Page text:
Kshama Sawant is a City Council member in Seattle, Washington. She is a member of Socialist Alternative party, and is the first socialist elected to public office in Seattle in over a century. In this sense, Kshama Sawant is just as historic as Sanders - who had been at a time America’s only socialist mayor, the first Independent elected to Congress in 40 years, and the longest serving Independent in congressional history. While serving as a college and university teacher, she also doubled up as a community organiser. She won her election to City Council in 2013 and get re-elected in 2015.
The highlight of her political career till now was the Fight For 15 – being a top leader in the struggle for raising the minimum wage in the city to $15, her main election plank in 2013. That this achievement was a solid landmark is an understatement. The victory proved a national catalyst - from there it went to California and New York City. Sawant donates every dollar of her income above $40,000 (average salary in Seattle) to social justice groups, and has fought tirelessly for the rights of tenants, the homeless and expand public housing and transportation. Interestingly, unlike Jayapal, she retains her Indian accent.
Witnessing the huge popular upsurge in support of Bernie Sanders and the issues he stood for and public anger against the establishment, Sawant saw the 2016 election as a historic opportunity for permanent change at the national level – to legislatively and implementatively remove core inequalities in American society.
She became a fiery Sanders surrogate: canvassing and addressing rallies for Sanders in Washington State and New York. As an immigrant and a person of color, Sawant is conscious of the fact that Sanders is the best shot the people and the Democrats have of defeating a bigoted demagogue like Donald Trump. She is also acutely aware of the fact that a solitary Sanders presidency alone cannot accomplish all the change the movement behind him sought. The same Democrats who are obstructing and denouncing Sanders would be thorns in the foot if he won the Oval Office.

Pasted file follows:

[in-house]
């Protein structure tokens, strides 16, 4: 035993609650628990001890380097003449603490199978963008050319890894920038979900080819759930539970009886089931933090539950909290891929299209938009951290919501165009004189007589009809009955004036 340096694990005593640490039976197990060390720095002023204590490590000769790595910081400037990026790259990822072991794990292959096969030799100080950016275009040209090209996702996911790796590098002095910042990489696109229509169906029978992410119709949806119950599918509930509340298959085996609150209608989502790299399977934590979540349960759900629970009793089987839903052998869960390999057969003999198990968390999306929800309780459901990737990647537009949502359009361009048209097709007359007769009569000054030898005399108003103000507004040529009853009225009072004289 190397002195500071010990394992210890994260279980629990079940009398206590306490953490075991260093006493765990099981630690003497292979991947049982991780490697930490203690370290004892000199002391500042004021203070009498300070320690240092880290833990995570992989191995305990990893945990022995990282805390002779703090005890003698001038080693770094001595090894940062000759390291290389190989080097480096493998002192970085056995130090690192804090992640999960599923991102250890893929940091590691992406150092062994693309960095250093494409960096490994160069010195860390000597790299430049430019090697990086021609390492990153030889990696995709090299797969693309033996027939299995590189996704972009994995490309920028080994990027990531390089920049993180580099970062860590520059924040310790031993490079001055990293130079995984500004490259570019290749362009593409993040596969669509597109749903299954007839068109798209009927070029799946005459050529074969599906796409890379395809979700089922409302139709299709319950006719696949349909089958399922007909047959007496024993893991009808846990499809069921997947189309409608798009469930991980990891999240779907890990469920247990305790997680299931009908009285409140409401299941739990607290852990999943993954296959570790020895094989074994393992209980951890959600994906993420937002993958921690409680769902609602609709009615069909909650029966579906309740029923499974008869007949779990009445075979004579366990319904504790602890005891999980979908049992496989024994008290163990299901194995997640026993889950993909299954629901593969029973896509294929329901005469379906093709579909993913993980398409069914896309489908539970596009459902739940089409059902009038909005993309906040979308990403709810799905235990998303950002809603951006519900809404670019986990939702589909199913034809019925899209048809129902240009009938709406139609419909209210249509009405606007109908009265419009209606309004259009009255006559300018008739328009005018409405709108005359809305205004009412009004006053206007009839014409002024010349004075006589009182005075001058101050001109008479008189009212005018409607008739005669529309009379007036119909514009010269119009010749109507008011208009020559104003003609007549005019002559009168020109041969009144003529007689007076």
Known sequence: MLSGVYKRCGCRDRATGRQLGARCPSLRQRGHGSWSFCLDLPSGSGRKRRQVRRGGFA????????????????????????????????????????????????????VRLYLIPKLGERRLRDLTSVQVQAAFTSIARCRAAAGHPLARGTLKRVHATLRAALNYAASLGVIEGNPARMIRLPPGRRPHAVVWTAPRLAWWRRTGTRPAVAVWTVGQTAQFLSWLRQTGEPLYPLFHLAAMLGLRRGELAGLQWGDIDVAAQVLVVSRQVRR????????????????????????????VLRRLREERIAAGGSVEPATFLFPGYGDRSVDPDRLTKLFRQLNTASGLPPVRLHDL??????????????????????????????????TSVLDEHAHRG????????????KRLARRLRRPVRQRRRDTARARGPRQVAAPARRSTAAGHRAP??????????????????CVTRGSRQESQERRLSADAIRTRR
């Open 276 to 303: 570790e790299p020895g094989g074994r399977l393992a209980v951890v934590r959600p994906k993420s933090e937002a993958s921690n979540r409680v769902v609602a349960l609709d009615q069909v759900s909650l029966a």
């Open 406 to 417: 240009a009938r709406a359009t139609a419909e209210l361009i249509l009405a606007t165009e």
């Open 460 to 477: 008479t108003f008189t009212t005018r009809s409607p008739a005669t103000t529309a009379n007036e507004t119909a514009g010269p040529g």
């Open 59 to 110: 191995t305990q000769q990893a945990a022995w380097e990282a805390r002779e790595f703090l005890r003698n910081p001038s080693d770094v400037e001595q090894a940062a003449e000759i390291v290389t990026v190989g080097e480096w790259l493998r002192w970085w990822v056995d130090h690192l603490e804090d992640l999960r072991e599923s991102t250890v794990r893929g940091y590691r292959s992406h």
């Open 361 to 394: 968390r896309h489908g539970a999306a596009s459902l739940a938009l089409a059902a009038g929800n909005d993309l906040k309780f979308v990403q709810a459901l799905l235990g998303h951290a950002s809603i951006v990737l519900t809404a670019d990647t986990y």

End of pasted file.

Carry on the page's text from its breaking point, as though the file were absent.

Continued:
Kshama, hence, is one of those passionate supporters who want to challenge Republican and Democrat incumbents to give anti-establishment progressives a larger legislative say and vote in Congress – to assist Bernie in defeating the opposition from within. She maintains, like Sanders, that change can only come from the bottom-up, and that public pressure would still have to be brought to bear on incumbent congressmen in the grip of big money interests. She is running for Congress from Washington state, like Jayapal, but unlike the latter, is running as an Independent supported by her Socialist Alternative party.
In light of the primary process being rigged in favor of Hillary Clinton, Sawant has urged Sanders to run Independent or on the Green Party ticket while also laying the groundwork for a party for the 99%, in her view. It would help Sanders get on the ticket in states where the deadlines to get on the ballot have passed (such as Texas) or will by the Democratic Convention in July. Sanders could also avoid being termed a ‘spoiler’ who enabled a Republican victory by avoiding contesting in he handful of swing states that are competitive. Looking at Sanders’ fundraising skills, an Independent run would also be financially feasible, and after all the name-recognition, coverage and exposure Sanders got at the national level as a Democratic candidates – could also be electorally viable.
Tulsi Gabbard is a Congresswoman from Hawaii. She was a Vice-Chair of Democratic National Committee (DNC), who resigned to endorse Bernie Sanders. Her endorsement is one of the most high-profile endorsements from a Democrat for the 74 year old socialist, along with Senator Jeff Merkley and former DNC Chair Paul Kirk. While she is not of Indian origin, she was the first Hindu member of Congress, and not Christian – as the usually more prominent Indian Americans Nikki Haley or Bobby Jindal – she nonetheless has been a visible American politician for Indian diplomats and leaders in the past few years.